9. 9

    Mostakhov, S. E. in Mezhdunarodnaia conferentsiia po merzlotovedeniiu, Podzemnye vody kriolitosfery (ed. Tolstikhin, N. I.) (Iakustkoe Knizhnoe Izdeatel'stvo, Iakutsk, Russia, 1973)

  10. 10

    Romanovskii, N. N. et al. Thermokarst and land-ocean interactions, Laptev Sea Region, Russia. Perm. Periglac. Process. 11, 137–152 (2002)

  11. 11

    Zimov, S. A., Schuur, E. A. G. & Chapin, F. S. III Permafrost and the global carbon budget. Science 312, 1612–1613 (2006)

  12. 12

    Keller, M. & Stallard, R. F. Methane emission by bubbling from Gatun Lake, Panama. J. Geophys. Res. 99, 8307–8319 (1994)

  13. 13

    Casper, P., Maberly, S. C., Hall, G. H. & Finlay, B. J. Fluxes of methane and carbon dioxide from a small productive lake to the atmosphere. Biogeochemistry 49, 1–19 (2000)

  14. 14

    Kling, G., Kipphut, G. W. & Miller, M. C. The flux of CO2 and CH4 from lakes and rivers in arctic Alaska. Hydrobiologia 240, 23–36 (1992)

  15. 15

    Mathews, E. & Fung, I. Methane emission from natural wetlands: Global distribution, area, and environmental characteristics of sources. Glob. Biogeochem. Cycles 1, 61–86 (1987)

  16. 16

    Aselmann, I. & Crutzen, P. J. Global distribution of natural freshwater wetlands, rice paddies, their net primary productivity, seasonality, and possible methane emissions. J. Atmos. Chem. 8, 307–358 (1989)

  17. 17

    Phelps, A. R., Peterson, K. M. & Jeffries, M. O. Methane efflux from high-latitude lakes during spring ice melt. J. Geophys. Res. 103, 29029–29036 (1998)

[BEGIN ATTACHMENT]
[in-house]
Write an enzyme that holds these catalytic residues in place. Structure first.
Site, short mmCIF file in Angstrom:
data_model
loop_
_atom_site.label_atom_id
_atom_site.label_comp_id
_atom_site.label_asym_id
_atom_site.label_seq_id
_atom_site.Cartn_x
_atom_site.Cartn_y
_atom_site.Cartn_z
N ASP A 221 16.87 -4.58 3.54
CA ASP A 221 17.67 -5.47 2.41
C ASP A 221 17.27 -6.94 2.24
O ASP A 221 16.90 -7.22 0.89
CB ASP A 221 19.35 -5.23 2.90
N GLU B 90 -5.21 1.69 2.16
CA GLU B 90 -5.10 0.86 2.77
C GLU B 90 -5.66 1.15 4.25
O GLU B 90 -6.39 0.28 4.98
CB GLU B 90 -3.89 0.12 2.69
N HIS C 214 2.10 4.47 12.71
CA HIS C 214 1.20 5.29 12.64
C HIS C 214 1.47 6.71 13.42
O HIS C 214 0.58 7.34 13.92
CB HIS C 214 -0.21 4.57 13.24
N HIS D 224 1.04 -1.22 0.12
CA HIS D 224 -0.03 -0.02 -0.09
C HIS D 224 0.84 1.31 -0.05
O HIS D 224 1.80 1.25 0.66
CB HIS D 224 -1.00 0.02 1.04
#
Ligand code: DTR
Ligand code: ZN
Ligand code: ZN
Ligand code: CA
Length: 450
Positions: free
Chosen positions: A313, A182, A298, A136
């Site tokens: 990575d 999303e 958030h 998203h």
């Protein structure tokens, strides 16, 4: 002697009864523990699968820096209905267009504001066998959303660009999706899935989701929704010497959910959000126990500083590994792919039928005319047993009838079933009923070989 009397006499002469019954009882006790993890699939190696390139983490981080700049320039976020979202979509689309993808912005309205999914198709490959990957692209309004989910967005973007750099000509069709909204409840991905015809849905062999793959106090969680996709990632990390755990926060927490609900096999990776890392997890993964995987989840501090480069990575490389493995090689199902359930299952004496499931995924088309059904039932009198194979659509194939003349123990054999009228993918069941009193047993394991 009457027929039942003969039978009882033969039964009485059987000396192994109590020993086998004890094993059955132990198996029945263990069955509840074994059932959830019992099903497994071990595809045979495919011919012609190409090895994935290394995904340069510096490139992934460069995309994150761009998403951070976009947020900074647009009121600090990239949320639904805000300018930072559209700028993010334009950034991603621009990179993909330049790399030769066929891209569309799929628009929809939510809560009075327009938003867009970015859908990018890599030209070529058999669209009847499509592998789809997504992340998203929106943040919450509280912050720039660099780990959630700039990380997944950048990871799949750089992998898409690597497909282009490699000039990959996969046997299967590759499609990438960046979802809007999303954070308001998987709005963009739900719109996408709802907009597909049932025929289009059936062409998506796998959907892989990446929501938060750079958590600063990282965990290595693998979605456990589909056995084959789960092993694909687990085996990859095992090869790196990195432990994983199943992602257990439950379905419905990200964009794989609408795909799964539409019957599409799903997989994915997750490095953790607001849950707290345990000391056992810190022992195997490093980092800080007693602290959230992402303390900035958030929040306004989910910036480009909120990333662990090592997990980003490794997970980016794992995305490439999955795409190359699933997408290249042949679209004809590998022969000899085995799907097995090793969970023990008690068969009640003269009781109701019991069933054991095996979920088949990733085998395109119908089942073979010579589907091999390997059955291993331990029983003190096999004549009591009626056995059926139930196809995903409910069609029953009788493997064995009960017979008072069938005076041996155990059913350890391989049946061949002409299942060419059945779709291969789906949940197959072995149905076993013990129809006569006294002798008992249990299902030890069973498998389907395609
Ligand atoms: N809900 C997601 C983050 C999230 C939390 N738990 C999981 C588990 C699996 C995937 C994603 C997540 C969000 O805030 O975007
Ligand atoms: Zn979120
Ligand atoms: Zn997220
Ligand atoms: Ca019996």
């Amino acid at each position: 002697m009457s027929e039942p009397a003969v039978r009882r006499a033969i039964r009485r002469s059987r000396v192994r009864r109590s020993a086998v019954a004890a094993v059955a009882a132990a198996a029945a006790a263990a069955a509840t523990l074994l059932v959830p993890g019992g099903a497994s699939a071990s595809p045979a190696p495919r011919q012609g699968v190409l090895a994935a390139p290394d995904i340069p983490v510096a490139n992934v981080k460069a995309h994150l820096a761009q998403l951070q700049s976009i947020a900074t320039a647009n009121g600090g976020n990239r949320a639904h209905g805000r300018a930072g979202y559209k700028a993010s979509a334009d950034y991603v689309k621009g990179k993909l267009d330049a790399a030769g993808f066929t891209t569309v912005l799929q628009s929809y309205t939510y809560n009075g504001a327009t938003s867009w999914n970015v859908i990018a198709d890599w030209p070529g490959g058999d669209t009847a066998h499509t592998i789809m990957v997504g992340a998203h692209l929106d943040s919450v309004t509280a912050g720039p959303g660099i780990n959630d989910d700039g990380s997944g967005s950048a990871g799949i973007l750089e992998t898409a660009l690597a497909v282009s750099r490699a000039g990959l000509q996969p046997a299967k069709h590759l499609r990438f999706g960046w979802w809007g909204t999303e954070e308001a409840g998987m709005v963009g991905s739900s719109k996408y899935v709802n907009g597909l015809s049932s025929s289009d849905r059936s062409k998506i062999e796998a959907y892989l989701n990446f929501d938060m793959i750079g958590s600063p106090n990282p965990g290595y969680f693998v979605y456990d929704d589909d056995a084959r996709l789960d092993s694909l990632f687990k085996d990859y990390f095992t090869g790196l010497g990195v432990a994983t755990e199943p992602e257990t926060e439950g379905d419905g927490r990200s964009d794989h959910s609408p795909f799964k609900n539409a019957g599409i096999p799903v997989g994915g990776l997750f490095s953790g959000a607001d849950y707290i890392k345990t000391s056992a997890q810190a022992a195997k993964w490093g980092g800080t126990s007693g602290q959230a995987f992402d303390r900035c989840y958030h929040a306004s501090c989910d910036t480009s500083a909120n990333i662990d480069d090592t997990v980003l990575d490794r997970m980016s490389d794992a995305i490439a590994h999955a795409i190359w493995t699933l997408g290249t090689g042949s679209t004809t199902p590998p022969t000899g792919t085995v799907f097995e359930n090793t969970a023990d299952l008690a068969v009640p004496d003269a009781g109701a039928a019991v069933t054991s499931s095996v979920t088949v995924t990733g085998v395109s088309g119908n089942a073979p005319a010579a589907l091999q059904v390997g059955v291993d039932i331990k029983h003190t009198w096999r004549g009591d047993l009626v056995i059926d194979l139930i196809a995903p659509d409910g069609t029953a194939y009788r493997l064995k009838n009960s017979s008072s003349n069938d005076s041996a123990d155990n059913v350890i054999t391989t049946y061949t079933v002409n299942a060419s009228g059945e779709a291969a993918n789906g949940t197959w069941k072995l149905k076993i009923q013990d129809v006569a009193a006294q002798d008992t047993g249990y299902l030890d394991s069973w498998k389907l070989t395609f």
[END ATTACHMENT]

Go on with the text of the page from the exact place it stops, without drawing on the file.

18. 18

    Bartlett, K. B., Crill, P. M., Sass, R. L., Harriss, R. C. & Dise, N. B. Methane emissions from tundra environments in the Yukon-Kuskokwim Delta, Alaska. J. Geophys. Res. 97, 16645–16660 (1992)

  19. 19

    Roulet, N. T., Crill, P. M., Comer, N. T., Dove, A. & Boubonniere, R. A. CO2 and CH4 flux between a boreal beaver pond and the atmosphere. J. Geophys. Res. 102, 29313–29319 (1997)

  20. 20

    Nakayama, T. Estimation of Methane Emission from Natural Wetlands in Siberian Permafrost Area. 1–100, PhD dissertation, Hokkaido Univ. (1995)

  21. 21

    Corradi, C., Kolle, O., Walter, K., Zimov, S. A. & Schulze, E.-D. Carbon dioxide and methane exchange of a north-east Siberian tussock tundra. Glob. Change Biol. 11, 1910–1925 (2005)

  22. 22

    Bastviken, D., Cole, J., Pace, M. & Tranvik, L. Methane emissions from lakes: Dependence of lake characteristics, two regional assessments, and a global estimate. Glob. Biogeochem. Cycles 18, GB3010, doi:10.1029/2004GB002238 (2004)

  23. 23

    Czudek, T. & Demek, J. Thermokarst in Siberia and its influence on the development of lowland relief. Quat. Res. 1, 103–120 (1970)

  24. 24

    Zhuang, Q. et al. Methane fluxes between terrestrial ecosystems and the atmosphere at northern high latitudes during the past century: A retrospective analysis with a process-based biogeochemistry model. Glob. Biogeochem. Cycles 18, GB3010, doi:10.1029/2004GB002239 (2004)

  25. 25

    Brown, J., Ferrians, O. J. Jr, Heginbottom, J. A. & Melnikov, E. S. Circum-Arctic Map of Permafrost and Ground-Ice Conditions 1:10,000,000 (US Geological Survey Circum-Pacific Map CP-45, Reston, Virginia, 1997).

  26. 26